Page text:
10. Debt-to-income ratio • A = Total all your housing expenses (mortgage, insurance and taxes) • B = Total all your debt payments A + others (car, education and credit card) • C = Total all your monthly income • Debt-to-income ratio A/C and B/C determines how much you can afford Try it at: http://www.ginniemae.gov/2_prequal/intro_questions.asp?Section=YPTH 10

  11. How much down payment? • Check for resources to help with down payment: • http://www.hud.gov/local/wa/homeownership/buyingprgms.cfm. 11

  12. How to hold title • Single ownership – tenancy in severalty • Concurrent ownership • joint tenancy - equal ownership of property by two or more parties, each with the right of survivorship. • tenancy by the entireties - ownership of property only between husband and wife in which neither can sell without the consent of the other and the property is owned by the survivor in the event of death of either party. • tenancy in common - equal ownership of property by two or more parties without the right of survivorship. 12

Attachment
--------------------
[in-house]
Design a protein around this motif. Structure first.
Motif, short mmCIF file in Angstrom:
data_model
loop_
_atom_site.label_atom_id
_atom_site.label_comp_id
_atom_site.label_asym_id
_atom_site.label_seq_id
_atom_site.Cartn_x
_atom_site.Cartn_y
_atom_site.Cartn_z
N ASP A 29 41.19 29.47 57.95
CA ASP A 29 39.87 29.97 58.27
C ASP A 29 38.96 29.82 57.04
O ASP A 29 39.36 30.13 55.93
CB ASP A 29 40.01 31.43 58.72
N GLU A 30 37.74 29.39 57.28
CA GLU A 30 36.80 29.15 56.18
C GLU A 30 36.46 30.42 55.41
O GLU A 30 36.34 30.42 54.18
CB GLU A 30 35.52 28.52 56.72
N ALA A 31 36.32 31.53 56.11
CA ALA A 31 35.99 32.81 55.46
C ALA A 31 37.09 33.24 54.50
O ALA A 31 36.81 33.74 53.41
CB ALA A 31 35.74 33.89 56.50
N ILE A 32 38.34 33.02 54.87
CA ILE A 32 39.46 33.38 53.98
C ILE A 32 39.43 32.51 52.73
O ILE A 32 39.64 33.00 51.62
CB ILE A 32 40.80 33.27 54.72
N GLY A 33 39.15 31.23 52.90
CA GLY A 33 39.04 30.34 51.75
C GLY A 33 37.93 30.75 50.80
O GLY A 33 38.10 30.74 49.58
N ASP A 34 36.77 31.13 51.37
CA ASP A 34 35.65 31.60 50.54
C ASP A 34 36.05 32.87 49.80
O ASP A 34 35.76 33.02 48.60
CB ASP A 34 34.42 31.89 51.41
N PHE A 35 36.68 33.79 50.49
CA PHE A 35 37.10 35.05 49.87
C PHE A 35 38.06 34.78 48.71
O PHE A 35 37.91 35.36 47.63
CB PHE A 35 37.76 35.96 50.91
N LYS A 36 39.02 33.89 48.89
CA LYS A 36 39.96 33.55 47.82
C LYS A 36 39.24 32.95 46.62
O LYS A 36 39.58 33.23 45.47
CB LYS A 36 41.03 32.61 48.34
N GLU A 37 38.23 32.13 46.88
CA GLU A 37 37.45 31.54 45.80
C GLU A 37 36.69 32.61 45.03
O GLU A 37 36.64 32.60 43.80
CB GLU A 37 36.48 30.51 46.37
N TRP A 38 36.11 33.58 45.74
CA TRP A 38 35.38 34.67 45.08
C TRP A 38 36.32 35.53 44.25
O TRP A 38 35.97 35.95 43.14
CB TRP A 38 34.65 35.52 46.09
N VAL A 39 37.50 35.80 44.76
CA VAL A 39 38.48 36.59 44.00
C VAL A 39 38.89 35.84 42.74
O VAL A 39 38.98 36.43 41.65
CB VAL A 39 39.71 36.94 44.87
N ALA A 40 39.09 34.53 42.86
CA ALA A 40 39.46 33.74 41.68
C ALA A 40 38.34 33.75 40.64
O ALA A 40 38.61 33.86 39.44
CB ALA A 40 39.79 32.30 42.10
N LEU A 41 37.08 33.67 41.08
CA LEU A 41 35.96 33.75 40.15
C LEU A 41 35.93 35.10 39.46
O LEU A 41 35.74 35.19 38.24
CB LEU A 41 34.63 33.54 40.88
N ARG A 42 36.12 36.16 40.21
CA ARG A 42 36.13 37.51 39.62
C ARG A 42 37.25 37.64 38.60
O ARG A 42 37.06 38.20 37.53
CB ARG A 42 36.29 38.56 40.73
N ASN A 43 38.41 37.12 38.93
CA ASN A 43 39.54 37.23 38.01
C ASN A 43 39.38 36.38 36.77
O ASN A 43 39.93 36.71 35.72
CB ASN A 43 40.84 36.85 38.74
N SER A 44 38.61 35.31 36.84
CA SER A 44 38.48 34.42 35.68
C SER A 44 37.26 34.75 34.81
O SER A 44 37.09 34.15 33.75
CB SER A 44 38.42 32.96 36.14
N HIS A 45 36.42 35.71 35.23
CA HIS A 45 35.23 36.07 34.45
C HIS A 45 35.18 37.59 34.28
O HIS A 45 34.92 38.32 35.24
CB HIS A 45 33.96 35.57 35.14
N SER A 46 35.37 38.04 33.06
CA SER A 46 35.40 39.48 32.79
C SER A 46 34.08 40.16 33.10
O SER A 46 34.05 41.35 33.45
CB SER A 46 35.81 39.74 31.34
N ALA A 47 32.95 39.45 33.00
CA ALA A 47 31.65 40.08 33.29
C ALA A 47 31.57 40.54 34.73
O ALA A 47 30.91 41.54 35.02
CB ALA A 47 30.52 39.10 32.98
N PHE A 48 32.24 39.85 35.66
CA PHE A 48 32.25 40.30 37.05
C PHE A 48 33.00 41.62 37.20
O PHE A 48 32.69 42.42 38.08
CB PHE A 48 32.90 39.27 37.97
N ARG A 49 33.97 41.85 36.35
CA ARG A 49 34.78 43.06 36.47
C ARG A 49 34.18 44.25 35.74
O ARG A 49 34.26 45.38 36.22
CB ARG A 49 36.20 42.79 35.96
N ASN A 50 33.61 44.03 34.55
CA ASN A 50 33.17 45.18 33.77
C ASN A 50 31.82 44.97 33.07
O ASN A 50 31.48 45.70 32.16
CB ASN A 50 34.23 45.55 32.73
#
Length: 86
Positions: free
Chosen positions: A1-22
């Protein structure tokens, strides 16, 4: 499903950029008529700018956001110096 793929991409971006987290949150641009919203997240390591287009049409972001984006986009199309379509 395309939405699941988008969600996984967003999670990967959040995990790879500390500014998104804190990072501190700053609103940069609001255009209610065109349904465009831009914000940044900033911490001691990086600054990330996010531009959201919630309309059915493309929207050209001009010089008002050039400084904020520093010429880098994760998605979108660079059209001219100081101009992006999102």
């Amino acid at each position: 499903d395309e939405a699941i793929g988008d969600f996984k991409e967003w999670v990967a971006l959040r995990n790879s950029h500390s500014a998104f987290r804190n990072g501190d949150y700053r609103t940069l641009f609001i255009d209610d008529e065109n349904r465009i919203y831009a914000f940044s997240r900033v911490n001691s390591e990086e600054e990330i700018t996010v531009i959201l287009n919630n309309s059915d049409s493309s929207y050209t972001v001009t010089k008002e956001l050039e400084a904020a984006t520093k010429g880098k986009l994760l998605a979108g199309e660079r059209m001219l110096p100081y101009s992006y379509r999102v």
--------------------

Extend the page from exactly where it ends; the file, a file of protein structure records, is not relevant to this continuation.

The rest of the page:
13. Step 2 – Choose the right team • Real estate broker • Home inspector • Insurance agent • Attorney 13

  14. Real estate broker • Realtor knows the housing market in the area of your choice well. The realtor should be able to assist the home buyer with any homes they desire. • Interview your realtor. How does the realtor work with buyers? Have the realtor to explain their buying process, including the follow-up. How much time will the realtor spend with you? How many homes has your realtor sold? • Realtor should be resourceful and able to assist or refer the homebuyer to sources of information for the community and schools. • What fees are paid to the realtor when buying a home? Is the homebuyer expected to pay any of these fees? • What hours does the realtor work? Are these hours convenient to you? 14

  15. Home inspector • Get a list of the items the home inspector will cover. • Ask for referrals. • Check to make sure that they are experienced in residential inspections. • The average on-site inspection time for a single inspector is two to three hours for a typical single-family house. • Negotiate a price before they start. • Ask to see samples of the inspection report and determine whether or not you can understand the inspector's reporting style. • Attend the inspection. • Make sure the inspector is up-to-date by asking if they are part of an association or attend classes. 15